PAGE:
Review of “The Railwayman’s Wife” by Ashley Hay

This unusual story is set in 1948 in the town of Thirroul (a suburb of Wollongong around 45 miles south of Sydney) on the Illawarra coast of New South Wales, Australia. It features a small cast of characters, mainly Scandinavian Anikka (“Ani”) Lachlan and her Scottish husband Mackenzie (“Mac”), who works for the railroads. At the very beginning of the story, just after Ani and Mac’s daughter Isabel turns ten, Mac dies in a train accident. But he continues as a main character and narrator with the chapters alternating among narrators and time periods.

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The other central characters are the wartime poet Royston (“Roy”) McKinnon, his sister Iris, and Roy’s best friend – the town doctor Frank Draper.

The main thrust of the book (besides the beauty of the area) is the question of how to deal with personal loss, and how, by contrast, the massive casualties of war experienced by soldiers and witnesses can be conceptualized.

Ani was especially offended by Iris’s trite assurance that time heals all wounds, thinking:

“. . . no — I hate that phrase, hate it. All the forgetting in it, all the ignoring, the papering over, the covering up, the pretending.”

But in reality none of them, including Iris, can totally paper over the past nor avoid the pain of loss. And as the stories of Ani, Mac, and Roy converge, it seems that sometimes, the inexorable grind of harsh reality and the impersonal cruelty of fate can vitiate ones’ best efforts to realize happiness.

Discussion: In one of the more interesting aspects of the story, the personas of Mac and Roy, and what happens to them, overlap quite a bit. As one example, although Roy is “the poet” of the town, Mac is himself a bit of a poet, telling Ani of their meeting:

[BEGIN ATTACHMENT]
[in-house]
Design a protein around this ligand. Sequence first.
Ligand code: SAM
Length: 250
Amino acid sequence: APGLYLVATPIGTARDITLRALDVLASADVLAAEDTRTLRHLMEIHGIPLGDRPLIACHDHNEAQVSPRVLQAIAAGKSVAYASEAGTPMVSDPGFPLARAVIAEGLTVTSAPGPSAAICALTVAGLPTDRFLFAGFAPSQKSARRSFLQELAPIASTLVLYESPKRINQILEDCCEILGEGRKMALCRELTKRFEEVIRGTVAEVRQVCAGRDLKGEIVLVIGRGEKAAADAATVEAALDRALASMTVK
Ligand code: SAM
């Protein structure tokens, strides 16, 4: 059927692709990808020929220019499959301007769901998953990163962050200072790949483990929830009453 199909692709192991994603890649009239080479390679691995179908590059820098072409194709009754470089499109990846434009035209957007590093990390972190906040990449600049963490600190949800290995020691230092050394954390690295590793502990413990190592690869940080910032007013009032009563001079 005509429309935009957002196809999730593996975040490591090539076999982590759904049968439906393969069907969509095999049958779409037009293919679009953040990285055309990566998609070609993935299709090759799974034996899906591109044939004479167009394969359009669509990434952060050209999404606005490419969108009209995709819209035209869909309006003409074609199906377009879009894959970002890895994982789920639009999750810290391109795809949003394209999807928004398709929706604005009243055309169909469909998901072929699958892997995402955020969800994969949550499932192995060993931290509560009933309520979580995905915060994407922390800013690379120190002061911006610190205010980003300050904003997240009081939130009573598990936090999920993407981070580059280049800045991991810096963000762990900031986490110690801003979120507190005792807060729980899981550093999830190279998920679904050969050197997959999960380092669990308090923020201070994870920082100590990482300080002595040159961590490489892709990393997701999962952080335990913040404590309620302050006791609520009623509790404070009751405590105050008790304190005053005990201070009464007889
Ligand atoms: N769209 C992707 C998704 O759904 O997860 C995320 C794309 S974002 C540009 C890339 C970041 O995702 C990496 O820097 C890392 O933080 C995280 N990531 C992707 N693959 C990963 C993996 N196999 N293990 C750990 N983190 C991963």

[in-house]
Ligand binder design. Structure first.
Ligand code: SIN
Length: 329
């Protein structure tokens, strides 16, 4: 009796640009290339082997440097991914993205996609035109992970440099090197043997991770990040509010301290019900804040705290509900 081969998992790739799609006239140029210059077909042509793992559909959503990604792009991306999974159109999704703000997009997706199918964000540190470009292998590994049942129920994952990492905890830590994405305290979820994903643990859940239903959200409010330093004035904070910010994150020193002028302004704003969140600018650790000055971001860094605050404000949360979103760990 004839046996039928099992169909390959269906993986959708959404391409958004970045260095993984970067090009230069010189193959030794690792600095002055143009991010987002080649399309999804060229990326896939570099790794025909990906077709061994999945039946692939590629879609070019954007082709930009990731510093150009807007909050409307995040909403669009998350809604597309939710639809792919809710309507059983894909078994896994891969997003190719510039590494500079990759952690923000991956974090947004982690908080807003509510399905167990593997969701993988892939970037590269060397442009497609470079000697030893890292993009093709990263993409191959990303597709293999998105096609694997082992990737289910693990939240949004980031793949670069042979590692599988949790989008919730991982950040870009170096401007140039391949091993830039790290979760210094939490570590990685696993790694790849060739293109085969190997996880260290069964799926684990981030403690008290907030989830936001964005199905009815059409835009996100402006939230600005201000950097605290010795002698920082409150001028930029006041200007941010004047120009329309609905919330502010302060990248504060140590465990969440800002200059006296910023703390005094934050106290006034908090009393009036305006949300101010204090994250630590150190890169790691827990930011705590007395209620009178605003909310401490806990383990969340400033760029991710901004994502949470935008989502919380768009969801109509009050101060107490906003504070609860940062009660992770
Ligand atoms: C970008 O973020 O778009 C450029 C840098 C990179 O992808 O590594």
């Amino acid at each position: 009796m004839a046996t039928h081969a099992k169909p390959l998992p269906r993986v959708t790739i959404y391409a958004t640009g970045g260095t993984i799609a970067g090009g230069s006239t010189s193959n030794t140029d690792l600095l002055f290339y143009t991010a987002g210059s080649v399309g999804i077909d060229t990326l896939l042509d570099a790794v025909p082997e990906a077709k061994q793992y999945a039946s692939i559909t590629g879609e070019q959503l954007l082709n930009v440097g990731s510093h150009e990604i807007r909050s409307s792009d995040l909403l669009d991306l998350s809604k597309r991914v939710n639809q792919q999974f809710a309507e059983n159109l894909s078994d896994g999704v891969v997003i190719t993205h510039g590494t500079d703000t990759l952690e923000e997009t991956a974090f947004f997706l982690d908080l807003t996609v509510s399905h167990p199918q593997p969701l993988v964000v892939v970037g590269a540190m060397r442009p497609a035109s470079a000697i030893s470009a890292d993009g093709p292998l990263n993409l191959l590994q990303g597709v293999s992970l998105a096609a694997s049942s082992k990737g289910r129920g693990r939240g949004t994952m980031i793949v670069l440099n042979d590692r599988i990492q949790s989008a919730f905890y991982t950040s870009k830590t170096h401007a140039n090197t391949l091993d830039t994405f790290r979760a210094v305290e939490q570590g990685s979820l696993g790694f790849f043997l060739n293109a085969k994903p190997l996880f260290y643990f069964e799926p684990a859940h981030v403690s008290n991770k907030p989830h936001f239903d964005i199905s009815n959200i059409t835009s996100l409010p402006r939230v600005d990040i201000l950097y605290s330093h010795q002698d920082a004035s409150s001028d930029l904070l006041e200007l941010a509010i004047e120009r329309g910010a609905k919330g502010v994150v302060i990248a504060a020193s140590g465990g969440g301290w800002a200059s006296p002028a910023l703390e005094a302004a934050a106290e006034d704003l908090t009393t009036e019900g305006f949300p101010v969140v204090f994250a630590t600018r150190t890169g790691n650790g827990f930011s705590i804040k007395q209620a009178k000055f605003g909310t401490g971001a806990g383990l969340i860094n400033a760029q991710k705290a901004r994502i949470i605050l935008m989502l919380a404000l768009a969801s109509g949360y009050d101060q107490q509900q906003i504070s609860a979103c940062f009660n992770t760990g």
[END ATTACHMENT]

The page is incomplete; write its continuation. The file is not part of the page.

“The first time I saw you . . . it was just getting light. I took you for part of the sunrise.”

Roy, who published a poem during the horror of war but feels without inspiration in peacetime, is similarly inspired to wax poetic around Ani.

There are other correspondences between Mac and Roy that would spoil the story to mention, but this convergence definitely adds an intriguing flavor to the story.

Evaluation: I was surprised by this book, and appreciated the many symbolic elements as well as the clever overlap of characterization, but much of it dragged for me. There were just too many descriptions of the terrain; a rather bleak tone weighing down the story; and in the final analysis, not much to provide any uplifting respite from the heavy emotional weight carried by the characters.

Rating: 3/5

Published by Atria Books, 2016

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3 Responses to Review of “The Railwayman’s Wife” by Ashley Hay

  1. Descriptions can definitely drag a story down. I think I’ll pass.

  2. BermudaOnion says:

    Overly descriptive writing can keep me from getting lost in a story. I wonder if I’d get the symbolism.

  3. Beth F says:

    Argh. I’ve been on the fence with this one and now I’m starting to think I may pass.

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